Shared Short Codes

Shared short codes are 5 or 6 digit phone numbers that are shared by multiple organizations or businesses.  A person will sign up to be texted by an organization by texting a keyword -- essentially subscribing or opting in to receive texts from a specific brand.

Problems with Shared Short Codes

When multiple brands are using the same short code for texting, managing opt outs becomes impossible and creates a very poor user experience.  For instance, if Sally replies STOP to Brand A’s text message, none of the other brands are able to contact Sally.  A carrier keyword like STOP removes the ability for Sally to be contacted forevermore on that shortcode.

A worse and more odious problem exists for shared short codes.  A bad actor that utilizes a short code improperly can lead to the entire short code being shut down.  If Brand A were to send illegal or improper messages to their opt-in list, the carriers have full right to shut down ALL traffic on the short code, which would effectively deny service to all other compliant brands and lead to massive disruption.

As a result, the use of shared short codes is now considered non-compliant at the carrier level.  Here is the exact language used by ATT in a recent communication:

Carrier Stance

The relevant section from ATT's directive on this matter is presented above.

Delivery rates are beginning to fall as carriers are now aggressively blocking traffic on shared short code traffic on their networks.


There are three pathways for businesses wishing to migrate from share short codes, each with advantages and disadvantages to consider:

Dedicated Short Code

An organization can apply for and lease their own dedicated 5-6 digit short code.  This process takes 3-4 months. Typically, short codes cost around $1,000 per month just to lease the phone number.  But, for high volume, high deliverability, a dedicated short code can be the way to go.  100 messages per second or more are supported by short codes.

Toll Free

It is possible to light up a toll free phone number (1-800-xxx-xxxx) and send texts at high throughput rates.  It is even possible to repurpose an existing toll free number (say the organization’s existing toll free landline) for texting.  White listing is possible to ensure very high deliverability rates.  10 messages per second are supported on toll free.  Phone numbers typically cost on the order of $2 per month, and there is just a 1-2 day lead time required to get these numbers set up.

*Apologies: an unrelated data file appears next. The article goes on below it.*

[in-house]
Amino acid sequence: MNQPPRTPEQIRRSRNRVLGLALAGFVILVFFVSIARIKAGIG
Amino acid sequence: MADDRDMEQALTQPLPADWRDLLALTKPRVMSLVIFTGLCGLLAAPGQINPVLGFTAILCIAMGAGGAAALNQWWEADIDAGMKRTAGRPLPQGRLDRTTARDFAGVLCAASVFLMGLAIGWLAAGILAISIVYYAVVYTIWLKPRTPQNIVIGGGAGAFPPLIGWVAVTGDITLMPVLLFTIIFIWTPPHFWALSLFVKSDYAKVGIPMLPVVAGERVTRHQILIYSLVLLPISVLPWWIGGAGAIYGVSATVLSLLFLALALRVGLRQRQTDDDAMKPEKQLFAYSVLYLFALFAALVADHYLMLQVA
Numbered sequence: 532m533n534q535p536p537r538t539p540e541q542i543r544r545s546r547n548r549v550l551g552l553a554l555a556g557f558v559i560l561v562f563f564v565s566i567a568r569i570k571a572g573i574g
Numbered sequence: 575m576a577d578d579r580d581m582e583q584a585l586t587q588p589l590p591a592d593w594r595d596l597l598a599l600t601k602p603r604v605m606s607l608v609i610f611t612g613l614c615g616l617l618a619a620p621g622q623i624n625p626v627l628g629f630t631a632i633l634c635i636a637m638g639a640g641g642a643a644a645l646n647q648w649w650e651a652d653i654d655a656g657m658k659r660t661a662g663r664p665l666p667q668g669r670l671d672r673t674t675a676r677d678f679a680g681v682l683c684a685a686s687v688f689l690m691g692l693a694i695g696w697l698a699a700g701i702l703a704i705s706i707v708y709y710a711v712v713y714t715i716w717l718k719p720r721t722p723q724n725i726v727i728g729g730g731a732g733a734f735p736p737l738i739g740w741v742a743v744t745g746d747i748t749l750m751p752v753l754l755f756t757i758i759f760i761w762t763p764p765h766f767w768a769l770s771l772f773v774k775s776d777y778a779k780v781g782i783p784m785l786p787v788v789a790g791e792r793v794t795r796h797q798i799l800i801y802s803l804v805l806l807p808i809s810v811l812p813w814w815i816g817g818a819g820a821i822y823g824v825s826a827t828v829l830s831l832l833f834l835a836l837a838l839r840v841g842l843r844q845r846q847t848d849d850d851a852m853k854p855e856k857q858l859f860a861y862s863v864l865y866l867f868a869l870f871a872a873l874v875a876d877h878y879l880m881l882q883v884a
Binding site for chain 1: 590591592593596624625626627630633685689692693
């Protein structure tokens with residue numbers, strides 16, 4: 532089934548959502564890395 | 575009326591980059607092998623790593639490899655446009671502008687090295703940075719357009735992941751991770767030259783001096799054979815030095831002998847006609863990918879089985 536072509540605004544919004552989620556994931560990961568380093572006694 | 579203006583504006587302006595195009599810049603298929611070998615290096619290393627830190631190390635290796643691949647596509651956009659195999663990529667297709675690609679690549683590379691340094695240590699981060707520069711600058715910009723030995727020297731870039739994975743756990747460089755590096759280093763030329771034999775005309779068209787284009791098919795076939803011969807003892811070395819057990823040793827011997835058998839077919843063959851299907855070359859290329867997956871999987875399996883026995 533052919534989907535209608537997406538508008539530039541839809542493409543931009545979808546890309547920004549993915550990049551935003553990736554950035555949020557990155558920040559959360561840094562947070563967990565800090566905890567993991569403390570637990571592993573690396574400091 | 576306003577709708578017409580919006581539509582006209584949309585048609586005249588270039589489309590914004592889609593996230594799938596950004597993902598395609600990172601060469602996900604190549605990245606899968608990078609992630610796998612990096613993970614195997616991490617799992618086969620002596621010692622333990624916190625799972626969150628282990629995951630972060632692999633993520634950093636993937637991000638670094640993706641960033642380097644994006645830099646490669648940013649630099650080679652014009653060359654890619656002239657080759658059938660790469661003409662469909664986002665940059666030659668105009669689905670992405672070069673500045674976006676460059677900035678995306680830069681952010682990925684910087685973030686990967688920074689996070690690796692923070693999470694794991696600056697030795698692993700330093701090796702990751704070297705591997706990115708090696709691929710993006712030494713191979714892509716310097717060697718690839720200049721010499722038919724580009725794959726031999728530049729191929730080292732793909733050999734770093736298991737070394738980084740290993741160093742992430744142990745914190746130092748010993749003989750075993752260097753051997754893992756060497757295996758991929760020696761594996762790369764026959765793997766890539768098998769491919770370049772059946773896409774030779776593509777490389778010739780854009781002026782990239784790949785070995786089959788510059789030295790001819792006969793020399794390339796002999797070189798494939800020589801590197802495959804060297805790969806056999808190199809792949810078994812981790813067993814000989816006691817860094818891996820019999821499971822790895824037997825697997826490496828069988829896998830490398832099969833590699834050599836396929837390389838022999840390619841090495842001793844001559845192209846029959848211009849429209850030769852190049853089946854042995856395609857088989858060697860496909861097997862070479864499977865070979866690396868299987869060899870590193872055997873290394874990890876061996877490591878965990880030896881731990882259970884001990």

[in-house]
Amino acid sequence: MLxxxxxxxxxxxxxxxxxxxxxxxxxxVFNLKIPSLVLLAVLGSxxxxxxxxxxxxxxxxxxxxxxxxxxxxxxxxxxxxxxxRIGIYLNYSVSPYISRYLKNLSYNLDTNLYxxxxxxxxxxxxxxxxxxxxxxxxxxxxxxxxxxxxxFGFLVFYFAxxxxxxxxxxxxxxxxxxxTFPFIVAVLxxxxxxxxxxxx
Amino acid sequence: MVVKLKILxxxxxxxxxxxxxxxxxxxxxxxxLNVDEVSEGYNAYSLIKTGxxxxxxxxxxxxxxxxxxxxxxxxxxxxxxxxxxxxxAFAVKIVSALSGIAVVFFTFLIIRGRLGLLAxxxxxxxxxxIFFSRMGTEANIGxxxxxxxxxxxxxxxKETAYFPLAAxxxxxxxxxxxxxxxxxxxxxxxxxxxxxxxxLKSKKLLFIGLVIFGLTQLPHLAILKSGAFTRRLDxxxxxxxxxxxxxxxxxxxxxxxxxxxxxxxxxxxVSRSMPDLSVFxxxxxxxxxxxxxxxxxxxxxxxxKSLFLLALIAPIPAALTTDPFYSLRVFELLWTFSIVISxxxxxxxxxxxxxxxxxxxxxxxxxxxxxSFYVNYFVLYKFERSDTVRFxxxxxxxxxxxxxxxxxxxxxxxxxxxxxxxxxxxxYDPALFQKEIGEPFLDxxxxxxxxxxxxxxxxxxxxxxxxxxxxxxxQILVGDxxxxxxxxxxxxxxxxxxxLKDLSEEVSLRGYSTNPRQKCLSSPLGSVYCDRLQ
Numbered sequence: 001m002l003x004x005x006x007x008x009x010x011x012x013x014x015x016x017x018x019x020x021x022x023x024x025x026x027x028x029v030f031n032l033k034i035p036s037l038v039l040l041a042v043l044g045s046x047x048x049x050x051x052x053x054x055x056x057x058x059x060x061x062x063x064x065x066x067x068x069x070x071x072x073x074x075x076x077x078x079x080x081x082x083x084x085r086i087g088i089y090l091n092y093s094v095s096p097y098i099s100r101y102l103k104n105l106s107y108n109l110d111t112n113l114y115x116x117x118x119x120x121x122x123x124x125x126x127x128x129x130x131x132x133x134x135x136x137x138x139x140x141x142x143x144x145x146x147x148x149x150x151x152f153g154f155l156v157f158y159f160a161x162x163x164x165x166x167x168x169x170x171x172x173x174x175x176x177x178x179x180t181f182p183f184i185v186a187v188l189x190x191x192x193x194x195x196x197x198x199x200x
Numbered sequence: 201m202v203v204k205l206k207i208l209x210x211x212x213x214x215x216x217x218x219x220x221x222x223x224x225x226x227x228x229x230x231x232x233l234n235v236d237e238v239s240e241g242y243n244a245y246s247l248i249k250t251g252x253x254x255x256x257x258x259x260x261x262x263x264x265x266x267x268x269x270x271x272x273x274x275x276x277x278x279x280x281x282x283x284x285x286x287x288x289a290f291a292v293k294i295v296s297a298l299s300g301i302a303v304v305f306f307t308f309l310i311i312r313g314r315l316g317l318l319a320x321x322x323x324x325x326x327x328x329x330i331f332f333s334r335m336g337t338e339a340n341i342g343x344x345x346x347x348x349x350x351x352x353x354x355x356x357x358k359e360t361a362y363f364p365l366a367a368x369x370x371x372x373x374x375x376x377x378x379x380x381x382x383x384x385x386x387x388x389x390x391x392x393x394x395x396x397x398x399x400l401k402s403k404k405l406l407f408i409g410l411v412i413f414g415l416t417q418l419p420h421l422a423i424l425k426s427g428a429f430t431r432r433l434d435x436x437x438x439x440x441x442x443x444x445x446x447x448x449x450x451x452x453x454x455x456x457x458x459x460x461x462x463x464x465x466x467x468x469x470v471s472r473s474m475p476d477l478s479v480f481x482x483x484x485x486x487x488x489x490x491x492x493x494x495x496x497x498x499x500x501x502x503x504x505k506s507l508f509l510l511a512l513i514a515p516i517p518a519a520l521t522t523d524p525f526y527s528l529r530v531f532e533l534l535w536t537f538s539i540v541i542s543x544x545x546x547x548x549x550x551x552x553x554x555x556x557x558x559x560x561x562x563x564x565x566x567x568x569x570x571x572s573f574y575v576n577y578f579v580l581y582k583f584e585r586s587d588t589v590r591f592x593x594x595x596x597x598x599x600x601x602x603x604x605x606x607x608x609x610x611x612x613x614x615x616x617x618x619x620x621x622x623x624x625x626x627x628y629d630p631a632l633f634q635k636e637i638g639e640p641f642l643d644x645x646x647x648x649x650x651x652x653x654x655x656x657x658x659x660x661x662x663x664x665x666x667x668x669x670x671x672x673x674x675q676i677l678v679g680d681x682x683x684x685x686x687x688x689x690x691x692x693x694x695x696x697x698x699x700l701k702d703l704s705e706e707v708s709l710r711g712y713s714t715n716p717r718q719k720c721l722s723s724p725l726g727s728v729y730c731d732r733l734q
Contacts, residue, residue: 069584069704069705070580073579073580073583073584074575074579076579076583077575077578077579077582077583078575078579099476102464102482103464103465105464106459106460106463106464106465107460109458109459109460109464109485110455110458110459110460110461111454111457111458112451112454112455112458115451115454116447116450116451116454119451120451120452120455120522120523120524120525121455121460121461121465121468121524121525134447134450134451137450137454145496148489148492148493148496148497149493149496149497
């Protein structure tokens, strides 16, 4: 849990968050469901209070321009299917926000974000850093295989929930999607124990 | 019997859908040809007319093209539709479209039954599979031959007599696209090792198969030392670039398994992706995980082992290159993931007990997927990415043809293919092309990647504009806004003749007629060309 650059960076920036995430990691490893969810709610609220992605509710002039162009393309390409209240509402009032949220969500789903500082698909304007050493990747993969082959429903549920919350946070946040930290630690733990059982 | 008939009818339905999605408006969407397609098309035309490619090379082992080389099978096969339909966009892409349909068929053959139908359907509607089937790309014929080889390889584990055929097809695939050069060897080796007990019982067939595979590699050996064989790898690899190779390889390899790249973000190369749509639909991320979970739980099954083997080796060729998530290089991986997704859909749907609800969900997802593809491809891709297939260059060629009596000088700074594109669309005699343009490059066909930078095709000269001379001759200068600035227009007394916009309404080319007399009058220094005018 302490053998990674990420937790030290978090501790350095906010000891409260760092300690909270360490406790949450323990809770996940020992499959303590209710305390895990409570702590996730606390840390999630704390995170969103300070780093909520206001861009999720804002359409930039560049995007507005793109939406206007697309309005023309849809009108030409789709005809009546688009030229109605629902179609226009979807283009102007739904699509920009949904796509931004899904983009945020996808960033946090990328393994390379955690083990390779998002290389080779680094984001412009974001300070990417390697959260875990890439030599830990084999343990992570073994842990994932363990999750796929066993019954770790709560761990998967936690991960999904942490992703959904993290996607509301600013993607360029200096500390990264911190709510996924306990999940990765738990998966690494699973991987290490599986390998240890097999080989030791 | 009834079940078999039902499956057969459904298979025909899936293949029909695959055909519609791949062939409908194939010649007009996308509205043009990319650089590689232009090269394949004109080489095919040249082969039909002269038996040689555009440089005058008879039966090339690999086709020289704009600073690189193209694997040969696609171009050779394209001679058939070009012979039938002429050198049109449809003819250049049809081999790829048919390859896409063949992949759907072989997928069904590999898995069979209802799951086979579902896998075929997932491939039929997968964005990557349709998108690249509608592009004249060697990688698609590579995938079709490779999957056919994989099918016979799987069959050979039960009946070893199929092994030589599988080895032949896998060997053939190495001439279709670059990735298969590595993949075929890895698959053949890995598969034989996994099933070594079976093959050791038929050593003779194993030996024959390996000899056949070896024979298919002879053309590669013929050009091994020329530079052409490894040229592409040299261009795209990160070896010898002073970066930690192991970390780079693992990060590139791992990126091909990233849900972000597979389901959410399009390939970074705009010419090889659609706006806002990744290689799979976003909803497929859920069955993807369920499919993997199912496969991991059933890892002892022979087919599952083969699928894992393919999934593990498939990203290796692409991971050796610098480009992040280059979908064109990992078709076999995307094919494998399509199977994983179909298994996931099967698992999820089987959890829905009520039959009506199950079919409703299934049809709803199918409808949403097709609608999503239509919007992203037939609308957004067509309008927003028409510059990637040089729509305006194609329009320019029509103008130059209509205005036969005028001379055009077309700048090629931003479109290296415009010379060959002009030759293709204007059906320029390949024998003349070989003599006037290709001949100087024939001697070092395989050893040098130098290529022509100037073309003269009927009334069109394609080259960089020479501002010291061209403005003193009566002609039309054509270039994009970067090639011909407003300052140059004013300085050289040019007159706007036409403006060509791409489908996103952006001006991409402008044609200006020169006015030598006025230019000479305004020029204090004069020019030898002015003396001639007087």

10DLC (Ten Digit Long Code)

There is a new standard evolving by the carriers that allow high volumes of texts to be sent via a standard ten digit phone number.  For instance, texts could come from 312-555-1212 or any normal looking phone number.  Even if the phone number is a landline or used by voice services, it can still become a 10DLC phone number for texting purposes.  Registration of the organization and use case is required.  Registration typically takes a day or so and costs around $10 plus a quarterly fee of between $6 and $30 depending on the use case.  Registered traffic on 10DLC has very high deliverability.

Migration to Toll-Free

If you are using a shared short code, the easiest path forward is to transition to toll free texting. will work with you and the team to ensure a migration path forward that preserves your opt-in list and works through the compliance issues. Best practices include:

  • One final message from your shared short code informing supporters that the next text they receive will be from a toll free number.

  • Immediate follow up with a welcome text from the toll free number. "Welcome to <OrgName> and thank you for being opted in to receive texts from our organization. All texts from us will not come from this number — no further texts will be sent from <ShortCode>. Text msg rates apply. Reply STOP to opt out."

  • Switch out mentions of the short code in your website and other literature.

  • Add a "text opt in" widget (supplied by to your website so that individuals can input their number to join your opt-in list.


If your organization is using a shared short code, you need to start migrating your texts to a compliant solution.  Whether you wish to use a dedicated short code, toll free or 10DLC, can help your organization identify and quickly implement the right solution.  Migration of your existing subscribers is easy and straightforward.


The AT&T Shared Short Code Ban: Next steps for the A2P Industry

Shared short codes are going away. Here’s how to find your alternative

The Problem with Shared Short Codes